Syrian President Bashar al-Assad has said a referendum will be held in March on a new constitution to replace the current charter, which enshrines his Baath party's dominant role.

Mr Assad also said he welcomed the idea of expanding the government to include "all political forces".

"After legislation has been drawn up and a constitution ... we will call a referendum ... (maybe) in the first week of March," he said, adding that it would be followed by a general election.

"Elections must be linked to a new constitution," he said. "They could be at the start of May."

The Syrian leader made the comments during a speech at Damascus University.

His regime has come under increased pressure as a result of its response to ongoing tensions between security forces and opponents of the government.

The United Nations has said that over 5,000 people have been killed by authorities over the past ten months as it tries to stamp out protests by those seeking democratic elections.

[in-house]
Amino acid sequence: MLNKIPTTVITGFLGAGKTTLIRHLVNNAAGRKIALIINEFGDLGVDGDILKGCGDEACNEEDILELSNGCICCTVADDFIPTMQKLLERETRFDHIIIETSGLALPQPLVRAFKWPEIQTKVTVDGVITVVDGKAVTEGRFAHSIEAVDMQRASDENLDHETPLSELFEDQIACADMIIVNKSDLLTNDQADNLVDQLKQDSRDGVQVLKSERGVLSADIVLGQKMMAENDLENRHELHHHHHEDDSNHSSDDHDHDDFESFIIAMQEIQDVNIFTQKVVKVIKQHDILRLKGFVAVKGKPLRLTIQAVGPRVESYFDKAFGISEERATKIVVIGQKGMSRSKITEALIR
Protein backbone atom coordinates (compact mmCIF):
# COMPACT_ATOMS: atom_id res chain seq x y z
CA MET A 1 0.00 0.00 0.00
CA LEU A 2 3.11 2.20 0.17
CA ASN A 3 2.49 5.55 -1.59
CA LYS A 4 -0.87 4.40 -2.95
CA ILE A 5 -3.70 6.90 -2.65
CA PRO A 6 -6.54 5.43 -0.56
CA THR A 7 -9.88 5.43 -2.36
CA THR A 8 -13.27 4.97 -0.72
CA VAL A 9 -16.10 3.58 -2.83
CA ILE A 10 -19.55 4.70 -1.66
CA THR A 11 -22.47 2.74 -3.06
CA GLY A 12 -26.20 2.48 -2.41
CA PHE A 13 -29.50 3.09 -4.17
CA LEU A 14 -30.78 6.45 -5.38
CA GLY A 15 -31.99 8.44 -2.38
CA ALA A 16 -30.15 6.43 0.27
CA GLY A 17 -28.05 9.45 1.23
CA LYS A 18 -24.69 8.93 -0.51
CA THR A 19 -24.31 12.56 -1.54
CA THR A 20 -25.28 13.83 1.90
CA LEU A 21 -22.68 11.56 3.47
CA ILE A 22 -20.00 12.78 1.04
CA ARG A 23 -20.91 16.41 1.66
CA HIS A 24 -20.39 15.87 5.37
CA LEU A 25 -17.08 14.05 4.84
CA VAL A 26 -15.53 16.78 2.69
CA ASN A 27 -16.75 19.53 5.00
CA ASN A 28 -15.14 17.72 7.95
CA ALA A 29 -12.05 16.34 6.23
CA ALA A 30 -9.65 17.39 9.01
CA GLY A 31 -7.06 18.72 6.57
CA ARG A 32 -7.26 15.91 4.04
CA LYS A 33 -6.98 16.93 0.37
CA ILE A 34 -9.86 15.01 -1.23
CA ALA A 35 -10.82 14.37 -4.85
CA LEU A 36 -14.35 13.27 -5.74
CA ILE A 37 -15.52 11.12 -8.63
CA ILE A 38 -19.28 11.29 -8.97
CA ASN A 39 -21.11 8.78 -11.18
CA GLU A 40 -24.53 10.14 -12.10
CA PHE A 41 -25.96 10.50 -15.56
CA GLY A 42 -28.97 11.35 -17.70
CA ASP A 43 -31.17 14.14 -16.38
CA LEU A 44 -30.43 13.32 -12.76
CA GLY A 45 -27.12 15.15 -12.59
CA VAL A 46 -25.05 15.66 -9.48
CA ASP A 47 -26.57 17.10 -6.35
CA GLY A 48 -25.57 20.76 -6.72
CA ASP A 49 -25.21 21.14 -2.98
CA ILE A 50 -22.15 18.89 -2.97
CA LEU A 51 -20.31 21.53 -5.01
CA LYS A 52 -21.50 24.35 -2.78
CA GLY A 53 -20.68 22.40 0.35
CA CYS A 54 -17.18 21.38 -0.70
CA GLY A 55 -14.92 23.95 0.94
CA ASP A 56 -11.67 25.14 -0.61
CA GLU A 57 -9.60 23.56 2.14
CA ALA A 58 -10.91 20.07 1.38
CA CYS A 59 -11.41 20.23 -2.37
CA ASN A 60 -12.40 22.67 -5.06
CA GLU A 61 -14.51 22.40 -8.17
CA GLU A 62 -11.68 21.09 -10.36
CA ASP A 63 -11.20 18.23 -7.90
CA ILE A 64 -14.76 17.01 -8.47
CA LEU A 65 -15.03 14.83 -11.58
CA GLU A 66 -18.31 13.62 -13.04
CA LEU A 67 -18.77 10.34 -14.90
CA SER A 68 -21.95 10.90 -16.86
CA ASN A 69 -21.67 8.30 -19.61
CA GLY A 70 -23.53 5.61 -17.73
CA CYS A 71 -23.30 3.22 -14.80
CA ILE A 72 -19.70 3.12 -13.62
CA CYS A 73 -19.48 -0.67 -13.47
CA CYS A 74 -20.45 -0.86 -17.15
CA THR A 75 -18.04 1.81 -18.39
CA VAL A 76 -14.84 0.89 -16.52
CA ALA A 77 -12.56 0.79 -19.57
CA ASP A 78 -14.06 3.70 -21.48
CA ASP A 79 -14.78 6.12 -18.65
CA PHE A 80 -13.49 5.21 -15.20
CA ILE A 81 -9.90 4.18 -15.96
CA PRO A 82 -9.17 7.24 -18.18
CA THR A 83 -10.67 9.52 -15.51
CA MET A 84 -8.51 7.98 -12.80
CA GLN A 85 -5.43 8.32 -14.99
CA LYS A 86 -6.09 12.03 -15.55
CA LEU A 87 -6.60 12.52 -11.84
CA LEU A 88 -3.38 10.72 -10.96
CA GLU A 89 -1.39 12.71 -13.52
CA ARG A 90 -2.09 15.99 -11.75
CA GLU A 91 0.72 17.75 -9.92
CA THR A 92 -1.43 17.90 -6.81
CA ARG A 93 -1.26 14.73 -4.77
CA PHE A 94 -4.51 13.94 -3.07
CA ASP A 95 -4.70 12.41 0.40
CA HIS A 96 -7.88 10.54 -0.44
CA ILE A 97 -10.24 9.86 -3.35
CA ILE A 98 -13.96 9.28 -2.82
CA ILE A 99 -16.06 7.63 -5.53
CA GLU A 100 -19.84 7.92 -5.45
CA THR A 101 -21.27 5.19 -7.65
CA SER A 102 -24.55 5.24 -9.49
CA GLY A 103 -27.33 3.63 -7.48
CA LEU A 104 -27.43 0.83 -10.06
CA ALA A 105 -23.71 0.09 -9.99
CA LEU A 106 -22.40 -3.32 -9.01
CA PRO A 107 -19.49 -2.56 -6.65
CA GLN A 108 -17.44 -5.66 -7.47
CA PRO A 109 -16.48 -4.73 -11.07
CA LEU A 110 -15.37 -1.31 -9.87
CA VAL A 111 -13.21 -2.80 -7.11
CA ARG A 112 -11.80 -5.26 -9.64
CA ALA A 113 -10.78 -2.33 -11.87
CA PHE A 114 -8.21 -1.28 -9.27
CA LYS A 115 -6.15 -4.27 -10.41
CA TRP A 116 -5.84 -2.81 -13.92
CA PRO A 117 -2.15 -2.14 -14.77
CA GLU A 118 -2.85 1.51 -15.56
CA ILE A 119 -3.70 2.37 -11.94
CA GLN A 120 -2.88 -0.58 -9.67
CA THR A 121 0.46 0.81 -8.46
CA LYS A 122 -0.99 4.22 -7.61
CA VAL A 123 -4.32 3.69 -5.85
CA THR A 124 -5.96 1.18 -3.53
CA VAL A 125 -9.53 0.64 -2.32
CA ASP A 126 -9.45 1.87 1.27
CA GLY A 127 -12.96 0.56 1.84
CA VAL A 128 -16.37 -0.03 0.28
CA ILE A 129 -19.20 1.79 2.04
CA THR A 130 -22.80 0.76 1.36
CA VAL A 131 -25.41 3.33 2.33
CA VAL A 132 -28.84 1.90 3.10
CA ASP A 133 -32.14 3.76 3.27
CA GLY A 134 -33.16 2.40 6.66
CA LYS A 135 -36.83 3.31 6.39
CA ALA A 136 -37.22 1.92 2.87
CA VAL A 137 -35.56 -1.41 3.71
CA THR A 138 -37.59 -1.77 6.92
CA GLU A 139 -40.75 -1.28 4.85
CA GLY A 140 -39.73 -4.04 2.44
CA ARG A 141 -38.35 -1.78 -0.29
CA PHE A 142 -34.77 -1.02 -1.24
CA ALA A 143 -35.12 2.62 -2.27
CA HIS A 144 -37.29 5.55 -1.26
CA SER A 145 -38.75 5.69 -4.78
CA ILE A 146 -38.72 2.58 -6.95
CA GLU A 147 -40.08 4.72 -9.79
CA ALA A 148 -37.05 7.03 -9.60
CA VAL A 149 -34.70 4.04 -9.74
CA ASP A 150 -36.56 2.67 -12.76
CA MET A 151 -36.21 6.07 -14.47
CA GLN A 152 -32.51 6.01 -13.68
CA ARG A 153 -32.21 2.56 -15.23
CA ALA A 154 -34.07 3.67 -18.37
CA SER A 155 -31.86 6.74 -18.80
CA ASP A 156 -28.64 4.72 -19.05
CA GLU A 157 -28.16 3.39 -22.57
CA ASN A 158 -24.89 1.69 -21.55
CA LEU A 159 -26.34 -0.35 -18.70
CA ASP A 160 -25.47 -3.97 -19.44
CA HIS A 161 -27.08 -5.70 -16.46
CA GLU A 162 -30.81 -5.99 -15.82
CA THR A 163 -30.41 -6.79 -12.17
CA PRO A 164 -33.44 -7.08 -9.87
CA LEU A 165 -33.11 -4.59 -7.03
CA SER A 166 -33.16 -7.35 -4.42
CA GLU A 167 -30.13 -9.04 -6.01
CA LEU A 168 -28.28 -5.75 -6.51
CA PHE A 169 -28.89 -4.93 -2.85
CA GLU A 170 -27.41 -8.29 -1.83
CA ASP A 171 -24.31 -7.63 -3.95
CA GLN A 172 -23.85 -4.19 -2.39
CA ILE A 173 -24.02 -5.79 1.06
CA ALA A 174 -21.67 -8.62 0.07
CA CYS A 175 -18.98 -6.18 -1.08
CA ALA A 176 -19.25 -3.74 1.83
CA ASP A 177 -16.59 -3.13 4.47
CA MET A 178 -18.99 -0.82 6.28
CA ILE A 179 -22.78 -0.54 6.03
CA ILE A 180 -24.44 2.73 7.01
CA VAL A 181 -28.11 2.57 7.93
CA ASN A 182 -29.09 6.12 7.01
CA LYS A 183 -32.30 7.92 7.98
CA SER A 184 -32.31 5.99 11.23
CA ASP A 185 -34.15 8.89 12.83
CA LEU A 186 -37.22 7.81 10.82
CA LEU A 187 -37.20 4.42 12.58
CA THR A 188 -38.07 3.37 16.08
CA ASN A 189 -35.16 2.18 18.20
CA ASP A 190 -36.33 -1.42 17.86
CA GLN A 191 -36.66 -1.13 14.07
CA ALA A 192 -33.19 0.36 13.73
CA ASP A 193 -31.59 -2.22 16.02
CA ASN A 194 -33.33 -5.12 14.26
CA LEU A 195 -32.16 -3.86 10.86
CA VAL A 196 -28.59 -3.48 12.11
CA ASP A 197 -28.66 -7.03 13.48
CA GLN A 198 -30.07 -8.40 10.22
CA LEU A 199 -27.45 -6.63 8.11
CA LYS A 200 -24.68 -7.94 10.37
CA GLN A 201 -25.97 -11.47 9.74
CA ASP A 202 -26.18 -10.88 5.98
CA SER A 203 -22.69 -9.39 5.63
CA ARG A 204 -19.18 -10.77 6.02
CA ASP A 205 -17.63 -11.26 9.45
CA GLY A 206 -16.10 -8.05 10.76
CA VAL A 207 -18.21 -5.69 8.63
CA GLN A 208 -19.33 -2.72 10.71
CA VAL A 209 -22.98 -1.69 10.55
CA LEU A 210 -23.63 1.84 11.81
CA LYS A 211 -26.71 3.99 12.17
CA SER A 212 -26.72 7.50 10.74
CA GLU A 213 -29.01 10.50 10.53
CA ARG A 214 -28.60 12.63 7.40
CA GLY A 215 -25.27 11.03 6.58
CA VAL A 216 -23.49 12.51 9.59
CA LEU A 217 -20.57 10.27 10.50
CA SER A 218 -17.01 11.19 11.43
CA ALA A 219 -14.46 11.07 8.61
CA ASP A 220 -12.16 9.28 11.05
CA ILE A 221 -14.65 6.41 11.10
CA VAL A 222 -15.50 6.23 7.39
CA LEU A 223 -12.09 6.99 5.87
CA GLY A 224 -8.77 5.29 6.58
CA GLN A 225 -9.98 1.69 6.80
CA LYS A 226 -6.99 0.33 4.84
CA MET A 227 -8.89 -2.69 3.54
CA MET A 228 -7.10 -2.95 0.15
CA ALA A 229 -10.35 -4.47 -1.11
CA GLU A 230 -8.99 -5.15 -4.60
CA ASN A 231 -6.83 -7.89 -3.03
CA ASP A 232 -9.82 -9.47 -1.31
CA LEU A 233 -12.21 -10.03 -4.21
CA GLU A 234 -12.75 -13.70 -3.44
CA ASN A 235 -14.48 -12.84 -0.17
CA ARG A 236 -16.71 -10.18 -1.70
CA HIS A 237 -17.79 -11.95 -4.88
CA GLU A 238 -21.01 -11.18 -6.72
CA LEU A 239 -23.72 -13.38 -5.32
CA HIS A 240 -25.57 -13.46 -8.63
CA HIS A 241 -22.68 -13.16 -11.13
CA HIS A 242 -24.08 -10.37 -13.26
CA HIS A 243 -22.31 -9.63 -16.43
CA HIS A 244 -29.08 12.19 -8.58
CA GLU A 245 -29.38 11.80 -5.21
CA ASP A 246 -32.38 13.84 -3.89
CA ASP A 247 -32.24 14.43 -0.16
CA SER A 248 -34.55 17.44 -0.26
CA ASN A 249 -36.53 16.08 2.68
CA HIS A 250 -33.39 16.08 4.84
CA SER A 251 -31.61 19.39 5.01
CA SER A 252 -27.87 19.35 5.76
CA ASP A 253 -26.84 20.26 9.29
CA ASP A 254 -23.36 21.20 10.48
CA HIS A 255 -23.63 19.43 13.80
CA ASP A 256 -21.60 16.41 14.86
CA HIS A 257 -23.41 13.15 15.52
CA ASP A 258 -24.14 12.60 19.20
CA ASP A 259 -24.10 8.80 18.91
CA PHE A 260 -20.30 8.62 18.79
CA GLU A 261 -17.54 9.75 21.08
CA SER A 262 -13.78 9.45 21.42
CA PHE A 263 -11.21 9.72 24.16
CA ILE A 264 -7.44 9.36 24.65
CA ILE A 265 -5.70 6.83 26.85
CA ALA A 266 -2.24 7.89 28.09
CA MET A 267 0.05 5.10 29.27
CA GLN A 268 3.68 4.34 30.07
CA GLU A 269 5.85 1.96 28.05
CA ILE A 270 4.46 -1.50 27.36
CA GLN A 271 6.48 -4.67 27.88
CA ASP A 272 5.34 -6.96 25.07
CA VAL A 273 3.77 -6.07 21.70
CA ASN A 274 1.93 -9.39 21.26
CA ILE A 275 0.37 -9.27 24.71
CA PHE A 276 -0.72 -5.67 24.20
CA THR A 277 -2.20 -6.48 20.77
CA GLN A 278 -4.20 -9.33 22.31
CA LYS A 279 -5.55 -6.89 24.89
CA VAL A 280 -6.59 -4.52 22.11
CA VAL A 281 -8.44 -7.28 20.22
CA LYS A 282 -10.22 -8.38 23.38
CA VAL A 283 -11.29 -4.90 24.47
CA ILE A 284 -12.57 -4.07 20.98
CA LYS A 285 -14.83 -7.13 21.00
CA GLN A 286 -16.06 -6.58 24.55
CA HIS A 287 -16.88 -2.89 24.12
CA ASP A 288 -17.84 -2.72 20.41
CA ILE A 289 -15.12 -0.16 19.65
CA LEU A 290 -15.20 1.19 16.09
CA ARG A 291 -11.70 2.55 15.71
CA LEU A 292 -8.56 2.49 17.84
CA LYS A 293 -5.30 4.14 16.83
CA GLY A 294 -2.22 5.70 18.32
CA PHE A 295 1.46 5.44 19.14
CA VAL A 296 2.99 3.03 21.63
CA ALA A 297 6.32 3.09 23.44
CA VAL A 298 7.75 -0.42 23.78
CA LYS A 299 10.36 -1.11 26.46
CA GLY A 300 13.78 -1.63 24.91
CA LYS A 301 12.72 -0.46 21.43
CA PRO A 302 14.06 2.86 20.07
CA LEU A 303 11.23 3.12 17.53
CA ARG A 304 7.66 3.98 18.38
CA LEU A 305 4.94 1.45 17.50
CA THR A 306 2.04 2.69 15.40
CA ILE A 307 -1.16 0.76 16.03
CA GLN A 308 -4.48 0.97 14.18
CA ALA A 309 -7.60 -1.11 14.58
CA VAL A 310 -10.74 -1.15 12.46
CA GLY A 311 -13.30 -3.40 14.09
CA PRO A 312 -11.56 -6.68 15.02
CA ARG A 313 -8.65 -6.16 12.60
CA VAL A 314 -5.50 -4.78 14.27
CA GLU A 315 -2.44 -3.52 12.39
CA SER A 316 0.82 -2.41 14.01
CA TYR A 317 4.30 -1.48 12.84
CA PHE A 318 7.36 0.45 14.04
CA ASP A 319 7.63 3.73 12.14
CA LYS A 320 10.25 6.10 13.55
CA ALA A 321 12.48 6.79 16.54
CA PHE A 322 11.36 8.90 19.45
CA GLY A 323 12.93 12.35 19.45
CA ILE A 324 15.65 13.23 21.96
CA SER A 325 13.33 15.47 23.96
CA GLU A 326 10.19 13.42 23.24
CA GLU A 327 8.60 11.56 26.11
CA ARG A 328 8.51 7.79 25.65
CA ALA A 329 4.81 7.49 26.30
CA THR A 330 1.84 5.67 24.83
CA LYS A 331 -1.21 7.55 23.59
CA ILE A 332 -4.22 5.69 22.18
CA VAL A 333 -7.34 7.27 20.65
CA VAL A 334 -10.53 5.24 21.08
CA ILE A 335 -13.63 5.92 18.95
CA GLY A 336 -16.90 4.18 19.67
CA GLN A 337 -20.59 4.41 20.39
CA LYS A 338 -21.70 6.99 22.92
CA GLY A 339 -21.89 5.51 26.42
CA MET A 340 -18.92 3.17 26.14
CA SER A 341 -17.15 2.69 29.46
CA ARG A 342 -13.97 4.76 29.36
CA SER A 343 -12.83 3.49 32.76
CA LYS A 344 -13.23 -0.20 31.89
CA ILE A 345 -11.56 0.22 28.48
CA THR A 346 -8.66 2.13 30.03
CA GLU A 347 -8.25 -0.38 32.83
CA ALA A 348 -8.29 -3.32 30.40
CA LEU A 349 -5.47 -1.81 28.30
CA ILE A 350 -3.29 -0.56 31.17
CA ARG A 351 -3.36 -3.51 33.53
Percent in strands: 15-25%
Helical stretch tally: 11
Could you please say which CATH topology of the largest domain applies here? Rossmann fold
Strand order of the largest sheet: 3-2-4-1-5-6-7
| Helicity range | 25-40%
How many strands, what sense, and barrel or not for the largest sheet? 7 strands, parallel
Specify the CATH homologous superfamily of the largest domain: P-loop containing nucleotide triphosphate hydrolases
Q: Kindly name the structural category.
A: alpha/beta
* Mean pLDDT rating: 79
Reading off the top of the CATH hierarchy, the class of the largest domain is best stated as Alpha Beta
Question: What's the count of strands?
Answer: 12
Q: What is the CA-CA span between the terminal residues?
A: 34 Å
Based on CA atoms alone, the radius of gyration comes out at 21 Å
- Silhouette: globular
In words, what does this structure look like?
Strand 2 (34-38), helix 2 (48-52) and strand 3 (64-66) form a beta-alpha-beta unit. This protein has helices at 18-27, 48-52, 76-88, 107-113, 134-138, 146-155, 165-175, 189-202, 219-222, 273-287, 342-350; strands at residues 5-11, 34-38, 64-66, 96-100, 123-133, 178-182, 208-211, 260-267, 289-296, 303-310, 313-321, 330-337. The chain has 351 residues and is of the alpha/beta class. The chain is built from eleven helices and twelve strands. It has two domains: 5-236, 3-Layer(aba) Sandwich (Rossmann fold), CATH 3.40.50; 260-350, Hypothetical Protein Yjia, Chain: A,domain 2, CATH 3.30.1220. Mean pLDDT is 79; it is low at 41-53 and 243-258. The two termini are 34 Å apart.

Syria agreed a peace plan with the Arab League that would see security forces withdraw from towns and cities and political prisoners released.

An observer team is currently in the country to oversee the implementation of the plan, but so far it has faced criticism for its failure to quell the violence.

However, Mr Assad said that Syria will not "close doors" to Arab solutions to the ten-month crisis as long as "it respects Syria's sovereignty".

He also denied that any orders had been given to security forces to open fire on civilians during the ten months of protests rocking his rule.

"By law, nobody can open fire, except in self-defence," he said, claiming that the violence is a result of terrorist attempts to destabilise the country.

He said his priority was to restore order in Syria, which he said could only be achieved by "hitting terrorists with an iron fist".

''There is no tolerance with terrorism or with those who use weapons to kill," he said.